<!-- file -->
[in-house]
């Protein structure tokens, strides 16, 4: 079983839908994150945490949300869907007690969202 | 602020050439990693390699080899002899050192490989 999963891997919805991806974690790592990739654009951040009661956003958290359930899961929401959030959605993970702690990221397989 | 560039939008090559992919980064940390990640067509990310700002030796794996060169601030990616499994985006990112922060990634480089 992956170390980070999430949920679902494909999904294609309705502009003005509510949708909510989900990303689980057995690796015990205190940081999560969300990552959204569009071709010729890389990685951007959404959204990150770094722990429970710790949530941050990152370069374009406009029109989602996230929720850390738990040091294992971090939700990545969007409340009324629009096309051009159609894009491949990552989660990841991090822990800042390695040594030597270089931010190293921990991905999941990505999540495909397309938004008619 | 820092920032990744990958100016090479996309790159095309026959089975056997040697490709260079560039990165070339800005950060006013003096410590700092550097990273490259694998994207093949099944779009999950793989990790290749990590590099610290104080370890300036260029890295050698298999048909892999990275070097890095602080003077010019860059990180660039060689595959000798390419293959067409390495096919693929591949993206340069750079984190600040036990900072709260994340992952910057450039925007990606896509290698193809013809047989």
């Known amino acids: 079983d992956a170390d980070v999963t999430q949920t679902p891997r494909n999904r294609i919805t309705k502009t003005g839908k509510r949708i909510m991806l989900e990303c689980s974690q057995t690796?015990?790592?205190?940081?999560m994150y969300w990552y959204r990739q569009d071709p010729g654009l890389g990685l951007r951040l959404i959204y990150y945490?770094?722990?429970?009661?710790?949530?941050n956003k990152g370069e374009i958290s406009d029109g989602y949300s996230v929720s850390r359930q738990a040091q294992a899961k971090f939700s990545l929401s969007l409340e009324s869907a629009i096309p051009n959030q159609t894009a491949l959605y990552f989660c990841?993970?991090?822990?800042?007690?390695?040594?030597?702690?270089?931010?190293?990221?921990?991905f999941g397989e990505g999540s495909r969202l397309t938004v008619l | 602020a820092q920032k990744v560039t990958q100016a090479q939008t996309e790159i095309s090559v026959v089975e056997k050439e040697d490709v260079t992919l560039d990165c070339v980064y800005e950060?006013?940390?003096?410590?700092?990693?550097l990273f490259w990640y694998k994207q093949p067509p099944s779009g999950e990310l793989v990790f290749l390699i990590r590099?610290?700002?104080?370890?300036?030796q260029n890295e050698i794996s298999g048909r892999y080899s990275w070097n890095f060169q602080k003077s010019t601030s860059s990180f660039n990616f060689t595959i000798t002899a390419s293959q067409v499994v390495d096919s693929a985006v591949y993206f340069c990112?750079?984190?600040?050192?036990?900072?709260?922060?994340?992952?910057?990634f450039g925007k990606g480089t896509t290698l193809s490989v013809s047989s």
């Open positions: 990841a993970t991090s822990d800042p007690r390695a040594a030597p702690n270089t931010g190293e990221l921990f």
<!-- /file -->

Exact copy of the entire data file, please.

[in-house]
């Protein structure tokens, strides 16, 4: 079983839908994150945490949300869907007690969202 | 602020050439990693390699080899002899050192490989 999963891997919805991806974690790592990739654009951040009661956003958290359930899961929401959030959605993970702690990221397989 | 560039939008090559992919980064940390990640067509990310700002030796794996060169601030990616499994985006990112922060990634480089 992956170390980070999430949920679902494909999904294609309705502009003005509510949708909510989900990303689980057995690796015990205190940081999560969300990552959204569009071709010729890389990685951007959404959204990150770094722990429970710790949530941050990152370069374009406009029109989602996230929720850390738990040091294992971090939700990545969007409340009324629009096309051009159609894009491949990552989660990841991090822990800042390695040594030597270089931010190293921990991905999941990505999540495909397309938004008619 | 820092920032990744990958100016090479996309790159095309026959089975056997040697490709260079560039990165070339800005950060006013003096410590700092550097990273490259694998994207093949099944779009999950793989990790290749990590590099610290104080370890300036260029890295050698298999048909892999990275070097890095602080003077010019860059990180660039060689595959000798390419293959067409390495096919693929591949993206340069750079984190600040036990900072709260994340992952910057450039925007990606896509290698193809013809047989």
């Known amino acids: 079983d992956a170390d980070v999963t999430q949920t679902p891997r494909n999904r294609i919805t309705k502009t003005g839908k509510r949708i909510m991806l989900e990303c689980s974690q057995t690796?015990?790592?205190?940081?999560m994150y969300w990552y959204r990739q569009d071709p010729g654009l890389g990685l951007r951040l959404i959204y990150y945490?770094?722990?429970?009661?710790?949530?941050n956003k990152g370069e374009i958290s406009d029109g989602y949300s996230v929720s850390r359930q738990a040091q294992a899961k971090f939700s990545l929401s969007l409340e009324s869907a629009i096309p051009n959030q159609t894009a491949l959605y990552f989660c990841?993970?991090?822990?800042?007690?390695?040594?030597?702690?270089?931010?190293?990221?921990?991905f999941g397989e990505g999540s495909r969202l397309t938004v008619l | 602020a820092q920032k990744v560039t990958q100016a090479q939008t996309e790159i095309s090559v026959v089975e056997k050439e040697d490709v260079t992919l560039d990165c070339v980064y800005e950060?006013?940390?003096?410590?700092?990693?550097l990273f490259w990640y694998k994207q093949p067509p099944s779009g999950e990310l793989v990790f290749l390699i990590r590099?610290?700002?104080?370890?300036?030796q260029n890295e050698i794996s298999g048909r892999y080899s990275w070097n890095f060169q602080k003077s010019t601030s860059s990180f660039n990616f060689t595959i000798t002899a390419s293959q067409v499994v390495d096919s693929a985006v591949y993206f340069c990112?750079?984190?600040?050192?036990?900072?709260?922060?994340?992952?910057?990634f450039g925007k990606g480089t896509t290698l193809s490989v013809s047989s």
């Open positions: 990841a993970t991090s822990d800042p007690r390695a040594a030597p702690n270089t931010g190293e990221l921990f």